Dale Rivard sometimes has trouble finding the words he wants to say-he's coping with symptoms of Alzheimer's disease.
"Speech is probably the worst problem I have," he said. "But when I sing, I have no problems."
He and his wife, Marianne, who live in East Grand Forks, are members of a choir, "The Unforgettables," which has been meeting each Wednesday since January at Calvary Lutheran Church, and welcomes people with dementia and their caregivers.
"I really enjoy it," Rivard said. "For those of us that have Alzheimer's, it's pretty marvelous."
"It is, by far, one of the best experiences of my life," he said.
Singing, it turns out, is good for the brain.
That's one of the reasons Mary Ann Devig, parish nurse, wanted to start the choir.
Scientific research shows that singing "is the only activity that lights up every part of the brain on PET scans," said Devig. (PET stands for positron emission tomography, a functional imaging technique.)
The bright light on the scans is evidence of activity, basically electrical energy, in the brain, she said.
Carol Geiszler, who's directing the choir with assistance from Cassel Everson, has selected old favorites, popular tunes that stir the memory-like "Consider Yourself at Home" and "Battle of Jericho."
Membership totals 32, Devig said. Those with dementia are asked to join with a caregiver.
She was inspired to start the choir while watching a performance of the Giving Voice Chorus at a "Meeting of the Minds" dementia conference in St. Paul two years ago, she said.
That chorus, launched in 2015, was formed to help people with Alzheimer's and their care partners live better lives through singing together.
It has spawned three other similar choruses in the Twin Cities and 19 others worldwide, including the one in Grand Forks, Devig said.
In addition to stimulating memory, The Unforgettables choir provides an opportunity for people to socialize with others who are coping with similar health challenges, which is very important, Devig said.
"People who have dementia tend to become isolated," she said, when what they need more than ever is support from others.
When a spouse or loved one exhibits symptoms of Alzheimer's or other forms of dementia "people kind of back off," said Susan Lloyd, of Northwood, N.D., whose husband has been diagnosed with Alzheimer's.
"They don't know how to react. It's a lonely time."
Rivard said, "You don't go to too many places, and you don't want to. People see you and you're not the person you were six months ago."
"A group like this, it's nonjudgmental," said Paulette Deutsch, Northwood. "Everyone makes mistakes, and it's no big deal."
The choir, along with the Memory Cafe that Devig started a few years ago to spread dementia education, has been beneficial, Lloyd said.
"It opens a whole new world to you-a whole world of literature, of understanding," Lloyd said. "I wish more people would bring their loved ones here."
"It's wonderful to see people with all levels of the disease be able to participate," she said.
Deutsch said dementia "affects people from all walks of life. We have teachers, a doctor, a lawyer, engineers here."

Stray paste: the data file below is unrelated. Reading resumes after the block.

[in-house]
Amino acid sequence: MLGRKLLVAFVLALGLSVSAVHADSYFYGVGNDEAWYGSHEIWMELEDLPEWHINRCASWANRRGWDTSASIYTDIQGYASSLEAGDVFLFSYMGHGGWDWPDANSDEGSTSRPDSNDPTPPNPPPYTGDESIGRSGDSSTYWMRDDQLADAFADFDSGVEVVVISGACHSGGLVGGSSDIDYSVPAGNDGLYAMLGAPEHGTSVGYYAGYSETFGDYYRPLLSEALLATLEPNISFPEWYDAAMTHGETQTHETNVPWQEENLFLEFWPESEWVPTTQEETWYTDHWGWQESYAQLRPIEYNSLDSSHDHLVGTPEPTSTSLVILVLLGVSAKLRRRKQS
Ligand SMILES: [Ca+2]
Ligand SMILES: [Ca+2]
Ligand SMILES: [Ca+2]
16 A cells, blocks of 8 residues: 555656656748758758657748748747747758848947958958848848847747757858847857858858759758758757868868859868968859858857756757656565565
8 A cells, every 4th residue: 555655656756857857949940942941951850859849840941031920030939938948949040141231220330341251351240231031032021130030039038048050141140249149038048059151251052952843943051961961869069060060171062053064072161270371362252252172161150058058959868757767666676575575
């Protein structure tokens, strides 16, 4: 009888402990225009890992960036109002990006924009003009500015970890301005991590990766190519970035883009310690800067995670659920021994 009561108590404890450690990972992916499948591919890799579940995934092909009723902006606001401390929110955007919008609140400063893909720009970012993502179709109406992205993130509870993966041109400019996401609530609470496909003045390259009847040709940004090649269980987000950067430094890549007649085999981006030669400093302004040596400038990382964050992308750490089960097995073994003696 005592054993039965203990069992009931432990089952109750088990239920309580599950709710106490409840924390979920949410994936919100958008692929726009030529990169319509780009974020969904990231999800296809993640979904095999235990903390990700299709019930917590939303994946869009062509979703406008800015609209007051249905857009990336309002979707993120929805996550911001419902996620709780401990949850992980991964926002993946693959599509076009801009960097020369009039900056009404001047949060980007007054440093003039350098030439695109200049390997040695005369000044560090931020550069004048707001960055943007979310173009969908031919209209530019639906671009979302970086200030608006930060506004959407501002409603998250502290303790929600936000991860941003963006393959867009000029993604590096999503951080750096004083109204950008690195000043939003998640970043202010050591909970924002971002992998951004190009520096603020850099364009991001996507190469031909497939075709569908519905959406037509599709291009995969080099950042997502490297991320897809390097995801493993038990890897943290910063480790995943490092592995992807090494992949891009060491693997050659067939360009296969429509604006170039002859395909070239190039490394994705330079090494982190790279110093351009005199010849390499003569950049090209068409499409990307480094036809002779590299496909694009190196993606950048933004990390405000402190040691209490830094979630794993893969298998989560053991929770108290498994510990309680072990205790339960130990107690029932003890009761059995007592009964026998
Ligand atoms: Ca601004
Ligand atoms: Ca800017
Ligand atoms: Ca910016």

She said she's grateful to Devig, Geiszler and Everson for leading the choir and to UND music therapy students, Rachael Schiller, Maggie O'Malley and Cassandra Richtsmeier, who sing with the choir and play instruments, such as the guitar, in accompaniment.
'We have fun'
Rivard, a former assistant state's attorney and prosecutor, was diagnosed with Alzheimer's disease last fall and had to quit his job.
The Rivards have been involved with the choir since last fall when a few rehearsals were held on a trial basis.
"We thought this would be a good experience," he said. "We thought it would be enjoyable."
That has proven to be true.
"The people here are so nice. This makes my week," he said. "I will miss it during the summer."
Mark and Jan Hoffman of Grand Forks joined the choir a few weeks ago, at the urging of friends.
"I think it's fun," Jan Hoffman said. "We get together and we have fun. We learn music."
And you don't have to be a seasoned singer to participate, the couple found out.
"The folks sitting beside me are loud enough so I can follow," Mark Hoffman said.
His wife, who started having some memory problems several years ago, is a "smiley eyes lady who loves to sing," he said. "With most of the songs, she doesn't need to read the words."
When the choir rehearses, members respond readily to Everson who, as a director, is a bundle of energy, instructing and engaging them with words of praise on a job well done.
She claps her hands in the rhythm of the song while speaking the lyrics; the choir speaks them back, matching her rhythm.
When they're ready to run through the whole piece, Everson says, "You can speak the words or you can sing. Do whatever makes your little heart happy."
Rivard and other members said they hope others who are dealing with similar health challenges will consider joining the choir.
"This is just heaven for me," Rivard said.
"We'd like to get more people, to see if this could be a benefit to them."
About the choir
Who: "The Unforgettables" choir
What: Choir for people with dementia and their care partners
When: Meets from 10 a.m. to noon, Wednesdays
Where: Calvary Lutheran Church, 1405 S. Ninth St., Grand Forks
For more information, call Mary Ann Devig, parish nurse, (701) 772-4897